We agree with the mother, however, that the family court erred in determining the father’s income for purposes of calculating the parties’ respective child support obligations.  The family court found the father “is employed at the same place that he had been for some time and now earns approximately $1,280 per month gross as an electrician.”  The father, however, testified he had been working at a new job for less than two weeks at the time of trial.  According to his own testimony, the father earns $11 per hour and is guaranteed at least 40 hours pay per week.  This yields a monthly salary of $1,906.  We therefore reverse the award of child support and remand the issue to the family court.  On remand, the family court is directed to recalculate the parties’ child support obligations using figures reflective of their current incomes.   

The mother also correctly notes the family court erroneously found the parties separated in July 1998, rather than November 1998.  The family court also erroneously stated the father, rather than the mother, sought leave at trial to go forward with the divorce on the ground of adultery.  Although erroneous, neither of these findings is of any real consequence here.  The parties had been separated for more than one year at the time of the July 2000 final hearing, and neither party suffered any prejudice because of the finding.  Accordingly, we decline to disturb the order in this regard. [3]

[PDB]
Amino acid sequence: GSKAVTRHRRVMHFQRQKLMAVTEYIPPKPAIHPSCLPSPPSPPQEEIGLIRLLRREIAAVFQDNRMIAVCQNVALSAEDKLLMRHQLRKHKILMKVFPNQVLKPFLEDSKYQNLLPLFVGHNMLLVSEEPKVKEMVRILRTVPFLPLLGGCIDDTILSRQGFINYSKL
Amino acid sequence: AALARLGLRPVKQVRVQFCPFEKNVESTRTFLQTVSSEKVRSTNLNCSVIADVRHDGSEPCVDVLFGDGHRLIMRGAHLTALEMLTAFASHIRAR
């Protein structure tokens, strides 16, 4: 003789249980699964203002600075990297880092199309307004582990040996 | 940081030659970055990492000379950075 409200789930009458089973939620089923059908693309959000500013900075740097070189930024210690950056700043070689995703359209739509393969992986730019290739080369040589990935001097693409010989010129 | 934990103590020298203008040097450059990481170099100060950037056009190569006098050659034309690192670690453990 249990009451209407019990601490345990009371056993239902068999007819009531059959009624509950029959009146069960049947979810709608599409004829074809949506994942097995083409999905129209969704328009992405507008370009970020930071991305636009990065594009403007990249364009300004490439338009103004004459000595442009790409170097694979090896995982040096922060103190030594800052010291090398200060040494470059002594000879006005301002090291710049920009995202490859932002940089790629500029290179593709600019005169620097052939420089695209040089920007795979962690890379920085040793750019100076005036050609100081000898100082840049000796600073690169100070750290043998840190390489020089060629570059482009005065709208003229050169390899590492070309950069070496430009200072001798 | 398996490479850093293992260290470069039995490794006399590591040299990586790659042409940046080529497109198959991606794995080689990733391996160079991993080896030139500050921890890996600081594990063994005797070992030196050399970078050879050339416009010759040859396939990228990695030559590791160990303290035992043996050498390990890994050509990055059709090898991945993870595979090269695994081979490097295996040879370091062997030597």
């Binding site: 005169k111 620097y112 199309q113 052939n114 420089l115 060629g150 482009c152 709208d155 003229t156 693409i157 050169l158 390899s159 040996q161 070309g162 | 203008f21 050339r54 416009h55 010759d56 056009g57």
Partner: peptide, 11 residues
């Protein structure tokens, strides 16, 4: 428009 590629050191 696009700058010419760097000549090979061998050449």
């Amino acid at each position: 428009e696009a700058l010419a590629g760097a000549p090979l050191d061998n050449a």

The remaining factual findings are either supported by the record or so inconsequentially imprecise as to have no effect whatever on this court’s disposition of the issues raised on appeal.  By way of example, the mother asserts the family court erred in finding that her pleadings “initially alleged the children were the product of the union of Plaintiff and Defendant, and the answer admitted the same.”  The mother would have this court hold this finding was erroneous despite the fact she expressly alleged in her complaint that “the Defendant has acknowledged two children have been born of the union.”  Neither the family court’s failure to repeat her allegation verbatim nor the negative inference drawn by the family court regarding the mother’s reasons for making the allegation renders the finding erroneous.